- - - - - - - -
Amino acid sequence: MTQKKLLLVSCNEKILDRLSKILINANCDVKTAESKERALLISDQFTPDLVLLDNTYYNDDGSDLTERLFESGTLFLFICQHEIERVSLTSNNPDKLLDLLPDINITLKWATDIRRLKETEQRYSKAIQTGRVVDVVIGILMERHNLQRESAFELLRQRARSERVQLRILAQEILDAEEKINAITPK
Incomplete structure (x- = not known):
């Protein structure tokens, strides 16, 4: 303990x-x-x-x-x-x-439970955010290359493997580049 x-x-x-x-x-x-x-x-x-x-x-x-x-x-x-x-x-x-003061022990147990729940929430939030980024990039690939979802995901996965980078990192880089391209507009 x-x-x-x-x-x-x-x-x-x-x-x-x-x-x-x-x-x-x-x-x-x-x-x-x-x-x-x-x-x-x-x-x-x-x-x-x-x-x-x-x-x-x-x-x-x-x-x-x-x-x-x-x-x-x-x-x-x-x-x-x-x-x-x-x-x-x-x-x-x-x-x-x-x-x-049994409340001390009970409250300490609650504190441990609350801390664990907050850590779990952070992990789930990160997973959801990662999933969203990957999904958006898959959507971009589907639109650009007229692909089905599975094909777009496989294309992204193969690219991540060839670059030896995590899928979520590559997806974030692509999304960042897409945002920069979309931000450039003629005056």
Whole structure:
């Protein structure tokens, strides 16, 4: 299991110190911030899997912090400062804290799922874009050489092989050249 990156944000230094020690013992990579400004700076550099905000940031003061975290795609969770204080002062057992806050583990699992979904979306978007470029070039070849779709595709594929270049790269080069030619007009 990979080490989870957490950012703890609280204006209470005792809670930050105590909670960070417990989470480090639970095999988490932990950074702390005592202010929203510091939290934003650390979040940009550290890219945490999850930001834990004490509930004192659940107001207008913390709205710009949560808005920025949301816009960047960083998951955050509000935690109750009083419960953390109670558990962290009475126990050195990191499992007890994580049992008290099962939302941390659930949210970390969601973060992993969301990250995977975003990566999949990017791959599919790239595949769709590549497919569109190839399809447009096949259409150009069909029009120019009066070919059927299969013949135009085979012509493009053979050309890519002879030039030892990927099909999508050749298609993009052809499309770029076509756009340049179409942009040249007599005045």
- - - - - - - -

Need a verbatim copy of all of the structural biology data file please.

Amino acid sequence: MTQKKLLLVSCNEKILDRLSKILINANCDVKTAESKERALLISDQFTPDLVLLDNTYYNDDGSDLTERLFESGTLFLFICQHEIERVSLTSNNPDKLLDLLPDINITLKWATDIRRLKETEQRYSKAIQTGRVVDVVIGILMERHNLQRESAFELLRQRARSERVQLRILAQEILDAEEKINAITPK
Incomplete structure (x- = not known):
């Protein structure tokens, strides 16, 4: 303990x-x-x-x-x-x-439970955010290359493997580049 x-x-x-x-x-x-x-x-x-x-x-x-x-x-x-x-x-x-003061022990147990729940929430939030980024990039690939979802995901996965980078990192880089391209507009 x-x-x-x-x-x-x-x-x-x-x-x-x-x-x-x-x-x-x-x-x-x-x-x-x-x-x-x-x-x-x-x-x-x-x-x-x-x-x-x-x-x-x-x-x-x-x-x-x-x-x-x-x-x-x-x-x-x-x-x-x-x-x-x-x-x-x-x-x-x-x-x-x-x-x-049994409340001390009970409250300490609650504190441990609350801390664990907050850590779990952070992990789930990160997973959801990662999933969203990957999904958006898959959507971009589907639109650009007229692909089905599975094909777009496989294309992204193969690219991540060839670059030896995590899928979520590559997806974030692509999304960042897409945002920069979309931000450039003629005056």
Whole structure:
């Protein structure tokens, strides 16, 4: 299991110190911030899997912090400062804290799922874009050489092989050249 990156944000230094020690013992990579400004700076550099905000940031003061975290795609969770204080002062057992806050583990699992979904979306978007470029070039070849779709595709594929270049790269080069030619007009 990979080490989870957490950012703890609280204006209470005792809670930050105590909670960070417990989470480090639970095999988490932990950074702390005592202010929203510091939290934003650390979040940009550290890219945490999850930001834990004490509930004192659940107001207008913390709205710009949560808005920025949301816009960047960083998951955050509000935690109750009083419960953390109670558990962290009475126990050195990191499992007890994580049992008290099962939302941390659930949210970390969601973060992993969301990250995977975003990566999949990017791959599919790239595949769709590549497919569109190839399809447009096949259409150009069909029009120019009066070919059927299969013949135009085979012509493009053979050309890519002879030039030892990927099909999508050749298609993009052809499309770029076509756009340049179409942009040249007599005045």